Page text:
This special supplement to the international weekly science journal, Nature, tackles the latest advancements and findings on the medical treatment of cancer. Are we closer than ever to finding a cure for cancer? Will it come from nanotechnology or bioinformatics or some other field entirely? This special issue is divided into two equally fascinating sections, Outlook and Collection. For readers looking for a quick but learned look at what cancer is and how it functions, Herb Brody’s excellent introduction can provide some orientation to the special section. From there, the Outlook section hosts a number of readable articles that broadly examine the topic from a range of angles, such as the contribution of statistics to o ur understanding of cancer, the role of prevention in treating cancer, and a look at cancer in the developing world. The Collection section then offers rigorous peer-reviewed literature on cancer treatment. [CNH] (Subscribe to the Scout Report at http://scoutr.pt/subscribe)

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Health Data now available at Toxmap

Slide2TOXMAP classic provides an Advanced Search as well as the ability to save search results and to build custom regions to focus your search. It does not require Flash and is accessible to users with disabilities. No new features are planned.

The beta version of TOXMAP is in active development. It has an improved map appearance and interactive capabilities as well as improved U.S. Census layers, availability by Census tract, and additional and updated datasets.

From the 22 April 2015 EPA news item and ToxMap News

Both versions of TOXMAP—classic and beta—now include the Toxics Release Inventory (TRI) 2013 National Analysis data, as well as recent cancer and disease mortality data from NCI SEER. *

This is the first version of the TOXMAP beta with health data, whereas mortality data in TOXMAP classic has been updated.

To view national county-level cancer and disease mortality data from 2007-2011 in TOXMAP beta, bring up the US Census & Health Data window and navigate to the Mortality tab.  Two sub-tabs list cancer and disease mortality layers that can be overlaid on the map (one at a time).

TOXMAP maps the TRI chemicals reported to the EPA, as required by the Emergency Planning and Community Right to Know Act (EPCRA).

A complete list of TRI chemicals required to be reported to the EPA can be found on their website.

 

*National Cancer Institute SEER – TOXMAP uses the NCI’s SEER*Stat database for its cancer and disease mortality data. Underlying mortality data is provided by the NCHS, part of the US Department of Health and Human Services.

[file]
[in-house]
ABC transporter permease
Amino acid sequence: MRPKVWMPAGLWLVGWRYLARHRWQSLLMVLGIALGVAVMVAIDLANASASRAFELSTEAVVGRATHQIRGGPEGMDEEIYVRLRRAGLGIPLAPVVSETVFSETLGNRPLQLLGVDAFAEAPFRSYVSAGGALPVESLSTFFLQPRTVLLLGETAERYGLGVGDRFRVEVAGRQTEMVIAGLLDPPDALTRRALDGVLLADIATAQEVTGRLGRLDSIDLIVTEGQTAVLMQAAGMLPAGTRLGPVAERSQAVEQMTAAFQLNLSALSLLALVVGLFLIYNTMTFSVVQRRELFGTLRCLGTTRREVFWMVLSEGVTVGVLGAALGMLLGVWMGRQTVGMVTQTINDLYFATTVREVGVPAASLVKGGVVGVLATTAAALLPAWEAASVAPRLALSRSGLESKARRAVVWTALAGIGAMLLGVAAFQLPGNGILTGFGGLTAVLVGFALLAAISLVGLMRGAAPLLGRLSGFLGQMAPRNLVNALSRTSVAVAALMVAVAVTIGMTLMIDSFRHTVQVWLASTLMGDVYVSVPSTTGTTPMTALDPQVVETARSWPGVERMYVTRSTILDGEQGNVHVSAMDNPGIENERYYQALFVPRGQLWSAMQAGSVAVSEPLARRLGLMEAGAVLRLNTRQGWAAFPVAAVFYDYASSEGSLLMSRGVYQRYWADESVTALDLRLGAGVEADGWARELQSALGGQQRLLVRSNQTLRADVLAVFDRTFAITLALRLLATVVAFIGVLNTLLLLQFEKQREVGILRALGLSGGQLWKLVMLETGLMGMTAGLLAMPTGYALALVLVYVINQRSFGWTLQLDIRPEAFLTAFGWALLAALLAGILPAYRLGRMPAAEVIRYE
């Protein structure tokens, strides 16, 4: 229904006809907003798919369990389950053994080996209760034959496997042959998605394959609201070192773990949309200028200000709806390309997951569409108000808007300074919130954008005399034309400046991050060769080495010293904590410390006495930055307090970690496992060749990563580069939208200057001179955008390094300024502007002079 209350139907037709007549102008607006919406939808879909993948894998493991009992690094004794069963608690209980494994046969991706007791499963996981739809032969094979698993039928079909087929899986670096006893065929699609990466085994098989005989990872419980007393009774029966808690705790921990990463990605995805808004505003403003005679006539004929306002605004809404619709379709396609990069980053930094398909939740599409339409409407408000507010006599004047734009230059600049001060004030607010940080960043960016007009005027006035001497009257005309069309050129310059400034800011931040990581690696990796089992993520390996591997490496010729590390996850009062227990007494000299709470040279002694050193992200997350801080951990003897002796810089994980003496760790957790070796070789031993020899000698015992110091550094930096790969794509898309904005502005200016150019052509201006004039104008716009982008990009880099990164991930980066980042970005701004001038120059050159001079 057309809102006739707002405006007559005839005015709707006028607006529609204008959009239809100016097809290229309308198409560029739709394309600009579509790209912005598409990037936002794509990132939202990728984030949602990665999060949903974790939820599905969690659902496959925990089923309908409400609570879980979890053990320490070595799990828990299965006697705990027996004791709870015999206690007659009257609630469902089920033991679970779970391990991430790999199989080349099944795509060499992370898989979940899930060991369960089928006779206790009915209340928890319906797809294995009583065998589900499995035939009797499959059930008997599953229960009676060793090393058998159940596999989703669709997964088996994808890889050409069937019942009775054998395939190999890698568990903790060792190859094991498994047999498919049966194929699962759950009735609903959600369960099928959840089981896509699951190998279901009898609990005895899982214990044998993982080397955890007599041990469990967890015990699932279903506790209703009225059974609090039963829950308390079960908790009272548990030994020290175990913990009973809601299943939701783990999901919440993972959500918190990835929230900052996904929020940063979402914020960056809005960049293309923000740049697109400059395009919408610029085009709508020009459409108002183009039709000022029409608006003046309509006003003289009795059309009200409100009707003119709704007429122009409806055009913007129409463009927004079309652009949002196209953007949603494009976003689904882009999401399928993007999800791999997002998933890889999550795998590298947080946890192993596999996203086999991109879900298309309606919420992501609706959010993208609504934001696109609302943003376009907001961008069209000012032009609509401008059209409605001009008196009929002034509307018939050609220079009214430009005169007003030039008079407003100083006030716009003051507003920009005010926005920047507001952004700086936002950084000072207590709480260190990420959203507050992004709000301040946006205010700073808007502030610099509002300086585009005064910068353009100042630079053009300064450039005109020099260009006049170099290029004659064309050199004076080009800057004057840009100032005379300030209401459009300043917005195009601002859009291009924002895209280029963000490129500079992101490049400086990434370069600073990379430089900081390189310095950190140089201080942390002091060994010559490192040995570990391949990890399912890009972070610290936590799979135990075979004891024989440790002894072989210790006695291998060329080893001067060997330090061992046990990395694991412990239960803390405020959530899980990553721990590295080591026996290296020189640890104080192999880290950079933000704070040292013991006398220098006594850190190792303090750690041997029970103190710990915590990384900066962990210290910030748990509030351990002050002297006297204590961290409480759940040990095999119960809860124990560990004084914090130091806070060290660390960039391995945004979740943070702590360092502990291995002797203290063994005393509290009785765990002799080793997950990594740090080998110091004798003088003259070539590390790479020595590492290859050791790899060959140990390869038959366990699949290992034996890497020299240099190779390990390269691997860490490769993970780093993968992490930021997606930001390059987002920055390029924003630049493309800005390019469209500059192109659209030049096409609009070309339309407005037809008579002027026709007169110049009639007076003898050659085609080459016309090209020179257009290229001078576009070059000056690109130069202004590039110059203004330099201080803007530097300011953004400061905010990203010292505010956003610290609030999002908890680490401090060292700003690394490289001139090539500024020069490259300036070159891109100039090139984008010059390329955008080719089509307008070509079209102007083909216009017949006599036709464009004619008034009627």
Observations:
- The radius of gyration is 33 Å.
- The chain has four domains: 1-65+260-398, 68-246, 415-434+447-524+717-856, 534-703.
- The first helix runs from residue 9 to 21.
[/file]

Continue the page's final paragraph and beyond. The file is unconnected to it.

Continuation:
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WHO calls for increased transparency in medical research

From the 14 April 2015 WHO news release

WHO today issued a public statement calling for the disclosure of results from clinical trials for medical products, whatever the result. The move aims to ensure that decisions related to the safety and efficacy of vaccines, drugs and medical devices for use by populations are supported by the best available evidence.

“Our intention is to promote the sharing of scientific knowledge in order to advance public health,” said Dr Marie-Paule Kieny, WHO Assistant Director-General for Health Systems and Innovation. “It underpins the principal goal of medical research: to serve the betterment of humanity.”

“Failure to publicly disclose trial results engenders misinformation, leading to skewed priorities for both R&D and public health interventions,” said Dr Kieny. “It creates indirect costs for public and private entities, including patients themselves, who pay for suboptimal or harmful treatments.”

Unreported trials lead to misinformation

For example, in a study that analysed reporting from large clinical trials (more than 500 participants) registered on ClinicalTrials.gov and completed by 2009, 23% had no results reported. These unreported trials included nearly 300 000 participants. Among clinical trials of vaccines against 5 diseases registered in a variety of databases between 2006-2012, only 29% had been published in a peer-reviewed journal by the WHO recommended deadline of 24 months following study completion.

“We need the collaboration of all these actors to enforce transparency in their jurisdictions in order to increase the benefits and decrease the risks for patients, clinical trial volunteers and the general public,” concluded Dr Kieny.

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CDC has created dynamic infographics to support the CDC National Health Report

Small steps/big difference infographic. Text follows image.

CDC has created dynamic infographics to support the CDC National Health Report, which provides recent trends in the nation’s health.